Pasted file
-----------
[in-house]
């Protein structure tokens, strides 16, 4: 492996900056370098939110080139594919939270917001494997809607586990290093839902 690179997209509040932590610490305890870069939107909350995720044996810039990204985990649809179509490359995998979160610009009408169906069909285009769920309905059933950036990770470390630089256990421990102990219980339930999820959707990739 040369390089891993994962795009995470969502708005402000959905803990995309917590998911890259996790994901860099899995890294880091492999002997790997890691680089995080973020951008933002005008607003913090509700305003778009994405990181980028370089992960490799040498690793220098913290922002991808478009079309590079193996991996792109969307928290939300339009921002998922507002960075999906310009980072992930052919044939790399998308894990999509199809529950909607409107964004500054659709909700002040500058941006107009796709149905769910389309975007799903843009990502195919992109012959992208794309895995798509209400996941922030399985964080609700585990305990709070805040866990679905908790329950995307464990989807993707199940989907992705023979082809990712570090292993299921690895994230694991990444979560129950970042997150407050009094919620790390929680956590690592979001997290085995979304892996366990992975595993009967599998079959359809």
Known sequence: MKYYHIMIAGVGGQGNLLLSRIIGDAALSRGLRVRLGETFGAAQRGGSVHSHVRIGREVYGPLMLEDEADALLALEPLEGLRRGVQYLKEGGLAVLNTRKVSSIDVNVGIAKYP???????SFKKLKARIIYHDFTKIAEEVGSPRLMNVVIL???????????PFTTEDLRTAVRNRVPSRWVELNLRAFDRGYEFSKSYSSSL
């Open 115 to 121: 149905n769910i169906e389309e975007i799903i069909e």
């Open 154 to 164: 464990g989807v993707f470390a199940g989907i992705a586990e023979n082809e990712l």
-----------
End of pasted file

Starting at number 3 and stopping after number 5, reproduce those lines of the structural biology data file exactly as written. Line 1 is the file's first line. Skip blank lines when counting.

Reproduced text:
Known sequence: MKYYHIMIAGVGGQGNLLLSRIIGDAALSRGLRVRLGETFGAAQRGGSVHSHVRIGREVYGPLMLEDEADALLALEPLEGLRRGVQYLKEGGLAVLNTRKVSSIDVNVGIAKYP???????SFKKLKARIIYHDFTKIAEEVGSPRLMNVVIL???????????PFTTEDLRTAVRNRVPSRWVELNLRAFDRGYEFSKSYSSSL
């Open 115 to 121: 149905n769910i169906e389309e975007i799903i069909e």
């Open 154 to 164: 464990g989807v993707f470390a199940g989907i992705a586990e023979n082809e990712l």